Eric’s Blog: Ranking the Season 2 WWE NXT rookies (Week 3)

Varsity Club

Niiiiiiiiice.

A day late (and a few hundred dollars short), I finally finished this week’s WWE NXT, and while my rankings haven’t changed much, I’ve seen new things out of almost everyone.

1) Alex Riley. It’ll take an act of God to knock Riley out of this top spot. He proved again this week that he has the look, the in-ring work, the timing and the personality to be a WWE superstar. Jeremy and I talked about this over IM at one point, but I could see Riley in a faction similar to the old Varsity Club with Jack Swagger and Dolph Ziggler (and maybe master’s degree holder Michelle McCool). But he can stand on his own, too.

2) Kaval. He took two weird bumps this week — one after going face-first into the turnbuckles, hesitating, then taking a flat-back bump, and the other after absorbing Eli Cottonwood’s finisher on his stomach, selling it with a big facial, then flopping onto his back like a fish, suddenly unconscious enough to be pinned. But he still has more character than most of the rest, and he can go in the ring.

3) Husky Harris. I like this kid. His attack on Matt Striker was short but vicious — great forearm to the back, great senton, great smirk on his way up the ramp, with his vest off his shoulders. He’s a cocky redneck, a unique combination in today’s WWE. It could totally work, as could a tag team with Cody Rhodes when this season ends. Let’s see him on the main roster.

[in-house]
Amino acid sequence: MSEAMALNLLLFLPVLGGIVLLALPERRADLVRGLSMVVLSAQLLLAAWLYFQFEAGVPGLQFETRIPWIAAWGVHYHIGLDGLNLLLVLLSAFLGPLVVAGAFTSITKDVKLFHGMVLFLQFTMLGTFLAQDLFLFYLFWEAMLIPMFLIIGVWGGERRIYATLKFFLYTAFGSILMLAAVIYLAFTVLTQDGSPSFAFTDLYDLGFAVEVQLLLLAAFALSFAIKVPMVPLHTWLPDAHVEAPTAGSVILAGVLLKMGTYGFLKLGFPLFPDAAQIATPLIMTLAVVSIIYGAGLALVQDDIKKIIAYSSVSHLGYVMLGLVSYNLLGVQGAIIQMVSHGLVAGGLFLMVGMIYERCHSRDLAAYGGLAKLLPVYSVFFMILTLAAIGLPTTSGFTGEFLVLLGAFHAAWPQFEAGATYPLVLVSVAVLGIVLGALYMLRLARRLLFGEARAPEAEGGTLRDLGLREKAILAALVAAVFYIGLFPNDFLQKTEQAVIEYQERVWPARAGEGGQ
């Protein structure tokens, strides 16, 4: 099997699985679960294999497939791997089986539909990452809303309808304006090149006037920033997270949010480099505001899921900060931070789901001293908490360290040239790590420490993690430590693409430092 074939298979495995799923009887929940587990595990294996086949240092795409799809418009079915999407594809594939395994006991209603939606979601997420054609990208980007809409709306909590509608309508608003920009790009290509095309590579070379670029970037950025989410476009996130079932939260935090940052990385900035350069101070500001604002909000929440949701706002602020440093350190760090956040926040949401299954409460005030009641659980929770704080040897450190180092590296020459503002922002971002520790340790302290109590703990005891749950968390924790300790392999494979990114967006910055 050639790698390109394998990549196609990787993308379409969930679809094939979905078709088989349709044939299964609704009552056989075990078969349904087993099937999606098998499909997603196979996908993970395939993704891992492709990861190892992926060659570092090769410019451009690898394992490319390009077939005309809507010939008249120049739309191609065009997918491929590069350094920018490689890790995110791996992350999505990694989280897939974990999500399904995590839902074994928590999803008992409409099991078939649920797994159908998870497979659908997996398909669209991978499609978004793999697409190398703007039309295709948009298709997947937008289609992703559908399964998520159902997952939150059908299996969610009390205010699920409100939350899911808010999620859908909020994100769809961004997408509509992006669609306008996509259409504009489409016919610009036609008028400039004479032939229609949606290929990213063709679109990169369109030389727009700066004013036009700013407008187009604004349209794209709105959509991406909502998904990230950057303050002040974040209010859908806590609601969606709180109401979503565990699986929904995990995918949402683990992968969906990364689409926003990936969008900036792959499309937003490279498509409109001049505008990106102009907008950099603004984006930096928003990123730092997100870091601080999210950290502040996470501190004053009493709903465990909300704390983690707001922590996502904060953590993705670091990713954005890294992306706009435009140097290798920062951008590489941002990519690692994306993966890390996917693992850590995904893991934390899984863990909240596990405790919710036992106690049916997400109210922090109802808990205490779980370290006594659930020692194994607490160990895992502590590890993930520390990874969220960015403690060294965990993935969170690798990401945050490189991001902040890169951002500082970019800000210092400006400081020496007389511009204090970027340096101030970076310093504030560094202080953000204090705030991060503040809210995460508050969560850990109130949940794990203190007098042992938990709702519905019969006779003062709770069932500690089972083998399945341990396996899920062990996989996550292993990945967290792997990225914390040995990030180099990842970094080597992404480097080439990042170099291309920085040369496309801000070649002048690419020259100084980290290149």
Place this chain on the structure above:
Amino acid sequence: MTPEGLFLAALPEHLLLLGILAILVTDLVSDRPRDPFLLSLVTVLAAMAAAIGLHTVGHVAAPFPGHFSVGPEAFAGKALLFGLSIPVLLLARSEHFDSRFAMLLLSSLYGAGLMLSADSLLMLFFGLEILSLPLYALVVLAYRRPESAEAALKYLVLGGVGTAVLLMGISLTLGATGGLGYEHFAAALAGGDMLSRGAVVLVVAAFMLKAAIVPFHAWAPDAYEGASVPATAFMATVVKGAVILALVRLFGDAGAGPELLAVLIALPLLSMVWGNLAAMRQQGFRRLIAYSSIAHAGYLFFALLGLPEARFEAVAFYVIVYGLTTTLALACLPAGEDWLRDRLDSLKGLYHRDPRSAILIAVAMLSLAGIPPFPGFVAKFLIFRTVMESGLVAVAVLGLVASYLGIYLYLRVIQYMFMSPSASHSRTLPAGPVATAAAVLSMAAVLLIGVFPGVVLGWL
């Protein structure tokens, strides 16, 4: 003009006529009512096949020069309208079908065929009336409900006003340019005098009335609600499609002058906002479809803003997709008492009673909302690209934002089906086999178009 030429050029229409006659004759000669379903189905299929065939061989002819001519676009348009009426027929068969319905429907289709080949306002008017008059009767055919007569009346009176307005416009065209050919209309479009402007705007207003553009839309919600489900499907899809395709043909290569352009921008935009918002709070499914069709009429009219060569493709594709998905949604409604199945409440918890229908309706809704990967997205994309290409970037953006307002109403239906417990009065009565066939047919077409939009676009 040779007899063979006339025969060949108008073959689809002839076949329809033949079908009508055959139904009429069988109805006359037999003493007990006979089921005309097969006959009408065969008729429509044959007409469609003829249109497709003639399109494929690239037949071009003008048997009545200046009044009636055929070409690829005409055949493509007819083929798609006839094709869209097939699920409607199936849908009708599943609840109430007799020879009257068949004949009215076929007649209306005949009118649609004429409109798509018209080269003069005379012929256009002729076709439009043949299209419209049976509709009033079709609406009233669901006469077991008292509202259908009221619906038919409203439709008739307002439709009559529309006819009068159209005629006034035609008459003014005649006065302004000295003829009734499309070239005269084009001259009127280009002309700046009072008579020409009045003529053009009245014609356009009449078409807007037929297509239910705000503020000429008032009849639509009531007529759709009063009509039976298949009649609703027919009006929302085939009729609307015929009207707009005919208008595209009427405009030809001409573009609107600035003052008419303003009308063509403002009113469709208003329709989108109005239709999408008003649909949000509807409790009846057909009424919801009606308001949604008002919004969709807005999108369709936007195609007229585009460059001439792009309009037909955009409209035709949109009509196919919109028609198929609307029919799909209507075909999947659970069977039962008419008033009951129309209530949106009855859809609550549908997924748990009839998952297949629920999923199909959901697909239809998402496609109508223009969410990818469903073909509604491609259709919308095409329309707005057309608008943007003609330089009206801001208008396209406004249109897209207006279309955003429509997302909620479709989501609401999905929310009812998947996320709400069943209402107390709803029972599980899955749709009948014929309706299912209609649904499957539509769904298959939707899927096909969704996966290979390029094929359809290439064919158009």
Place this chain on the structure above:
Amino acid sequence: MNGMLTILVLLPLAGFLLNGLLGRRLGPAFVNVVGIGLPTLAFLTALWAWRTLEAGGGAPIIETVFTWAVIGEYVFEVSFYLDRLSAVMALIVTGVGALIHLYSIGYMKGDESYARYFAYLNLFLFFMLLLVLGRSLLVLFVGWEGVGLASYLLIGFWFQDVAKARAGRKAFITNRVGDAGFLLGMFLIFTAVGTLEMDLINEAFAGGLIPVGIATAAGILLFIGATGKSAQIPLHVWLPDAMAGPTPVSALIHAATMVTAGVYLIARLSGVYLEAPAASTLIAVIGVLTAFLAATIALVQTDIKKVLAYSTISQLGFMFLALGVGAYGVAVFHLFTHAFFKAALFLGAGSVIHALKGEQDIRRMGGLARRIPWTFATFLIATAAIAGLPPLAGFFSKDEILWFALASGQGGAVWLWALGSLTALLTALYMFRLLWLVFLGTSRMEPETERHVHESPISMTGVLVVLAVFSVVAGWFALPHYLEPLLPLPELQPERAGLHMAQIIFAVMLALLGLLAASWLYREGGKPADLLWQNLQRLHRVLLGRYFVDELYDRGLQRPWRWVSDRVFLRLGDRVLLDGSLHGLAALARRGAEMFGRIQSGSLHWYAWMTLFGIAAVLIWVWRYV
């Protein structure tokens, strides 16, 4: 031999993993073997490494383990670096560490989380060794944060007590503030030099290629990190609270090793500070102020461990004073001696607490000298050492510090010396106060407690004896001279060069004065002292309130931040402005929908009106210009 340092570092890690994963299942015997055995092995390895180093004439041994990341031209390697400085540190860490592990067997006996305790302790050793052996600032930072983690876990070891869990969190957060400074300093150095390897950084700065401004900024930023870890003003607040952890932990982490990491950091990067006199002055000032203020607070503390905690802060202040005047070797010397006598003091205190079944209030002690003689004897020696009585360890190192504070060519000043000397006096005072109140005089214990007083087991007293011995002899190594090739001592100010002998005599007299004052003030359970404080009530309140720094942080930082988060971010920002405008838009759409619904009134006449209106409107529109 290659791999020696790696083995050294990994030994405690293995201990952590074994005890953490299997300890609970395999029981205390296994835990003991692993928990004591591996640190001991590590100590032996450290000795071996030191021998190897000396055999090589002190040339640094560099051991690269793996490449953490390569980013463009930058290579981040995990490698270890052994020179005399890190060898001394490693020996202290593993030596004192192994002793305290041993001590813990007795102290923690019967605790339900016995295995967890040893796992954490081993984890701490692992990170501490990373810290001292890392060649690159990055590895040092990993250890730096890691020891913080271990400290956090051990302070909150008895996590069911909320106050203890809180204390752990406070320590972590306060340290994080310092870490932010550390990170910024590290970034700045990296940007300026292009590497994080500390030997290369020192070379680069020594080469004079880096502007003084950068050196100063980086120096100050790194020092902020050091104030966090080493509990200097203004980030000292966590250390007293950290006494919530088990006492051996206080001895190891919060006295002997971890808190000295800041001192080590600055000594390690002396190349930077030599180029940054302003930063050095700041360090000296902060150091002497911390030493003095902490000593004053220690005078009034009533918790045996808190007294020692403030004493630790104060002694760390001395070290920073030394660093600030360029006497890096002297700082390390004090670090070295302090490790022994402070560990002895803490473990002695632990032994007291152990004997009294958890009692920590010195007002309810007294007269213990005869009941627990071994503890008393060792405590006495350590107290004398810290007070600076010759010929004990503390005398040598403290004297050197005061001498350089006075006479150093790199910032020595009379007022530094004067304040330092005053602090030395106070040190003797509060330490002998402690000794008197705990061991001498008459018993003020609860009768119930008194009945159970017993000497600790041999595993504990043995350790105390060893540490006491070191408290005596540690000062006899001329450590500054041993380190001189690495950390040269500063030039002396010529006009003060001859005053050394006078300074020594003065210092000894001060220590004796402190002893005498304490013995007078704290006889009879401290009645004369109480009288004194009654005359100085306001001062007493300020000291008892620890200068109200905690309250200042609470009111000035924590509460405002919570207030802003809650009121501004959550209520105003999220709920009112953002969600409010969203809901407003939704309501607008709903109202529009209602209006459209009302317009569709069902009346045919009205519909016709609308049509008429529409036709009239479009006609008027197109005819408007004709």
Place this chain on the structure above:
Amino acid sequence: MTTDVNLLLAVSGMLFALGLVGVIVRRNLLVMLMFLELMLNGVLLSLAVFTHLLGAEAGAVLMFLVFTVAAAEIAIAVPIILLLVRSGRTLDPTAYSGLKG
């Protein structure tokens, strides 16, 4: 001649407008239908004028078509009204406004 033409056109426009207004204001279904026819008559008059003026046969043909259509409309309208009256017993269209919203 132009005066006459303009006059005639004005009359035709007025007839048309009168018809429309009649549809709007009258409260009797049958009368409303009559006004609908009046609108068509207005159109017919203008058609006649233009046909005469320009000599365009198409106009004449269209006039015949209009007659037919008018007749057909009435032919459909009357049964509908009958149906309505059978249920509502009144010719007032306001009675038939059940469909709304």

4) Percy Watson. I liked his in-ring work for the most part; his dropkicks are better than Kofi Kingston’s but not quite Randy Orton-level, and his flippity splash had some serious air underneath it. He works the crowd like a champ, and while it’s silly, it works perfectly for him (or should I say, he works it perfectly). Keep Urkel around, guys!

5) Michael McGillicutty. I still stumble over a few things about Mr. Perfect’s kid (a label I hope he sheds, but one that puts a high benchmark on his expectations). I hate his 360-degree turn followed by his arm extension that he calls an entrance; I don’t like how his promos sound sooo scripted, and I don’t like that he looks like a mini-Matt Morgan, kinda like a douchey roommate of the guys whose parties you went to in college. McGillicutty just strikes me as a natural heel. He still bumps like a champ, and his finisher kicks ass. Keep working on it.

6) Lucky Cannon. Lucky still looks like a TNA tag team champion, but his work in the ring is OK. His mic work is generic, and his backstory is weak, but he’s serviceable for now. I know, he’s this season’s Heath Slater, a white-bread babyface in a world where the audience would prefer more flavor.

7) Titus O’Neil. Now that I know his backstory, I like him a little more, but something about the fact that he’s such a natural athlete but such a tentative wrestler bugs me. I know it can happen to lots of guys, but he runs the ropes like a weinie and gives and takes moves like he’s just starting wrestling school. It’s OK to be a little more aggressive when executing a bodyslam, Titus.

8 ) Eli Cottonwood. Yuck.

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